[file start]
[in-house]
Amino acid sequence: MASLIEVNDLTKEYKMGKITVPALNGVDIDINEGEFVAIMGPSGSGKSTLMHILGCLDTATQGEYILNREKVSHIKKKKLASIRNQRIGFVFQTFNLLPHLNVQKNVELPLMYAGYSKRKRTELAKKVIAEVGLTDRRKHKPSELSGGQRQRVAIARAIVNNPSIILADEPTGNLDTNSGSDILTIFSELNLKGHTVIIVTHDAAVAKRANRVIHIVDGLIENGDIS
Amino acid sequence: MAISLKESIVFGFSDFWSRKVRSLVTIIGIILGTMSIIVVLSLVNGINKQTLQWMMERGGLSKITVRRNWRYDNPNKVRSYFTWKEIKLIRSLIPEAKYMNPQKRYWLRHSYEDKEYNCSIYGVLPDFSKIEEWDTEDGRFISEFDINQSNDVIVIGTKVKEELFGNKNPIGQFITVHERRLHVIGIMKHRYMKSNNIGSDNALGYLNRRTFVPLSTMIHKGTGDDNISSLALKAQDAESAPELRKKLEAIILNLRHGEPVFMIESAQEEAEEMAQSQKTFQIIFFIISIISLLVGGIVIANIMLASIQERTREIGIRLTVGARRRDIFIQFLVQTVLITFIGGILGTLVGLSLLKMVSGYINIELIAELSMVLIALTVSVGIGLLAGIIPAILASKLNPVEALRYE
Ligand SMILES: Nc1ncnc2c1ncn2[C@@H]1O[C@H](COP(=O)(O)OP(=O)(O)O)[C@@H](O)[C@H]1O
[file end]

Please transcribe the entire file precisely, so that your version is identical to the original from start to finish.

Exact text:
[in-house]
Amino acid sequence: MASLIEVNDLTKEYKMGKITVPALNGVDIDINEGEFVAIMGPSGSGKSTLMHILGCLDTATQGEYILNREKVSHIKKKKLASIRNQRIGFVFQTFNLLPHLNVQKNVELPLMYAGYSKRKRTELAKKVIAEVGLTDRRKHKPSELSGGQRQRVAIARAIVNNPSIILADEPTGNLDTNSGSDILTIFSELNLKGHTVIIVTHDAAVAKRANRVIHIVDGLIENGDIS
Amino acid sequence: MAISLKESIVFGFSDFWSRKVRSLVTIIGIILGTMSIIVVLSLVNGINKQTLQWMMERGGLSKITVRRNWRYDNPNKVRSYFTWKEIKLIRSLIPEAKYMNPQKRYWLRHSYEDKEYNCSIYGVLPDFSKIEEWDTEDGRFISEFDINQSNDVIVIGTKVKEELFGNKNPIGQFITVHERRLHVIGIMKHRYMKSNNIGSDNALGYLNRRTFVPLSTMIHKGTGDDNISSLALKAQDAESAPELRKKLEAIILNLRHGEPVFMIESAQEEAEEMAQSQKTFQIIFFIISIISLLVGGIVIANIMLASIQERTREIGIRLTVGARRRDIFIQFLVQTVLITFIGGILGTLVGLSLLKMVSGYINIELIAELSMVLIALTVSVGIGLLAGIIPAILASKLNPVEALRYE
Ligand SMILES: Nc1ncnc2c1ncn2[C@@H]1O[C@H](COP(=O)(O)OP(=O)(O)O)[C@@H](O)[C@H]1O